1. #1

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    Hi,

    This isn't a jazz question, but I know someone here will know the answer.
    What do you call the type of rhythm used on Paul Simon song "Me and Julio Down by the Schoolyard?"

    Thanks!

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    The Jazz Guitar Chord Dictionary
     
  3. #2

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  4. #3

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  5. #4

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    Quote Originally Posted by ragman1 View Post


    The squeaky sound is made by a Cuica.

    Cool! Always wondered what that was. It is played prominently throughout this, correct?


  6. #5

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    To me the rhythm on this track sounds like some between the cracks hybrid.
    Like samba (cavaquinho), the chords are played rhythmically in a high register
    and there is some sparse usage of the Brazilian percussion instrument cuica.
    Beyond that, neither the guitar figure, drums and bass concept sound anything like typical samba figures.
    Here's a few samba songs as a point of comparison:







    Ragman,

    Great cut with the Cyro Baptista pandeiro solo, I wonder if that was him playing cuica with Paul Simon.
    Later I know they collaborated quite a bit.

  7. #6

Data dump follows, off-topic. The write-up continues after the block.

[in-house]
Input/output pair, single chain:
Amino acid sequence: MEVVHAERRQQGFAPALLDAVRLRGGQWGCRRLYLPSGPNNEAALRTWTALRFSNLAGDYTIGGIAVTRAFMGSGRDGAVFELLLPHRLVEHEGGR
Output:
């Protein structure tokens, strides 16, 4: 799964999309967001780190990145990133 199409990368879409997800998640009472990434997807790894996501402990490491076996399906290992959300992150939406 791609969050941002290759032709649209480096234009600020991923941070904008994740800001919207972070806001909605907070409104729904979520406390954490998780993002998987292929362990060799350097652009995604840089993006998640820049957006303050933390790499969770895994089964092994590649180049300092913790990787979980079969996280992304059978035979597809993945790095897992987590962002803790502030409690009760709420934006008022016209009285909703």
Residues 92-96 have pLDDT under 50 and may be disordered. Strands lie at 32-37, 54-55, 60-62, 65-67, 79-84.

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    the percussionist on me & julio was the great Brazilian percussionist airto moreira! who was a hot commodity in those days (chick coreas rtf)...but remember paul simon had also worked and was working with los incas/urubamba..an andean folk music group...so there was a melding..also a queens nyc upbringing was influential as well!!

    simon always tapped into the rhythms of world music..as his later graceland proves so clearly

    his songwriting modus operandi (for better or worse) was to listen to authentic recordings and improvise his own lyrics/melodies to the rhythms..then record 'em

    cheers

  8. #7

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    Could it be more baised off Calypso.

  9. #8

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    Ragman,

    Great cut with the Cyro Baptista pandeiro solo, I wonder if that was him playing cuica with Paul Simon.
    Later I know they collaborated quite a bit.
    I'm afraid I don't know. I'm tempted to say there would have been more than one percussionist on a record like that. Maybe an extended google would turn up the exact 'cast list'. Or maybe it's on the back of the record :-)

  10. #9

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    zdub -

    It is played prominently throughout this, correct?
    Definitely correct :-)

    It's also called a monkey drum because it sounds like the 'whoop, whoop' sound monkeys make.